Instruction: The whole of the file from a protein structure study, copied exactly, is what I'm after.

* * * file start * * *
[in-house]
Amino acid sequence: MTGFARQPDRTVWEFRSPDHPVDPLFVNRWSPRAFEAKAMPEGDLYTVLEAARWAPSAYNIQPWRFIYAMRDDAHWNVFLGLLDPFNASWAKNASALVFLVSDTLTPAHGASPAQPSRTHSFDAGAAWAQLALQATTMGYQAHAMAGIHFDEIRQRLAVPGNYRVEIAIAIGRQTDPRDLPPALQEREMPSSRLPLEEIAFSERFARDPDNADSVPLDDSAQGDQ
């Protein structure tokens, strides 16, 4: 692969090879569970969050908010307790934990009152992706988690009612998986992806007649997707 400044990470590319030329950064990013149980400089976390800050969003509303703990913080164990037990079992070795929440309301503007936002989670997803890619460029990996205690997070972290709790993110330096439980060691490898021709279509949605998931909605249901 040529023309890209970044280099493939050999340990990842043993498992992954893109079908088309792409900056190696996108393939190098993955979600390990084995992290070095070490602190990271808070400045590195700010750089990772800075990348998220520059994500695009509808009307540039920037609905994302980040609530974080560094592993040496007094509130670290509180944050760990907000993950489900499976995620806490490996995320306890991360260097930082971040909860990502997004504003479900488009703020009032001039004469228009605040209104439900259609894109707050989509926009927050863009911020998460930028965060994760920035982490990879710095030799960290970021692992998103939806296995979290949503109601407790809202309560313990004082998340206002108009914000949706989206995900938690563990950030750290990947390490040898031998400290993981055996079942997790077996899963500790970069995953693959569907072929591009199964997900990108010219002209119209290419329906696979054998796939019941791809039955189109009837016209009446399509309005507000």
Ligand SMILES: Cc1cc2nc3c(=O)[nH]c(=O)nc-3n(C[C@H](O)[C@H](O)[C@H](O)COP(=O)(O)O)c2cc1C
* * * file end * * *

[in-house]
Amino acid sequence: MTGFARQPDRTVWEFRSPDHPVDPLFVNRWSPRAFEAKAMPEGDLYTVLEAARWAPSAYNIQPWRFIYAMRDDAHWNVFLGLLDPFNASWAKNASALVFLVSDTLTPAHGASPAQPSRTHSFDAGAAWAQLALQATTMGYQAHAMAGIHFDEIRQRLAVPGNYRVEIAIAIGRQTDPRDLPPALQEREMPSSRLPLEEIAFSERFARDPDNADSVPLDDSAQGDQ
């Protein structure tokens, strides 16, 4: 692969090879569970969050908010307790934990009152992706988690009612998986992806007649997707 400044990470590319030329950064990013149980400089976390800050969003509303703990913080164990037990079992070795929440309301503007936002989670997803890619460029990996205690997070972290709790993110330096439980060691490898021709279509949605998931909605249901 040529023309890209970044280099493939050999340990990842043993498992992954893109079908088309792409900056190696996108393939190098993955979600390990084995992290070095070490602190990271808070400045590195700010750089990772800075990348998220520059994500695009509808009307540039920037609905994302980040609530974080560094592993040496007094509130670290509180944050760990907000993950489900499976995620806490490996995320306890991360260097930082971040909860990502997004504003479900488009703020009032001039004469228009605040209104439900259609894109707050989509926009927050863009911020998460930028965060994760920035982490990879710095030799960290970021692992998103939806296995979290949503109601407790809202309560313990004082998340206002108009914000949706989206995900938690563990950030750290990947390490040898031998400290993981055996079942997790077996899963500790970069995953693959569907072929591009199964997900990108010219002209119209290419329906696979054998796939019941791809039955189109009837016209009446399509309005507000």
Ligand SMILES: Cc1cc2nc3c(=O)[nH]c(=O)nc-3n(C[C@H](O)[C@H](O)[C@H](O)COP(=O)(O)O)c2cc1C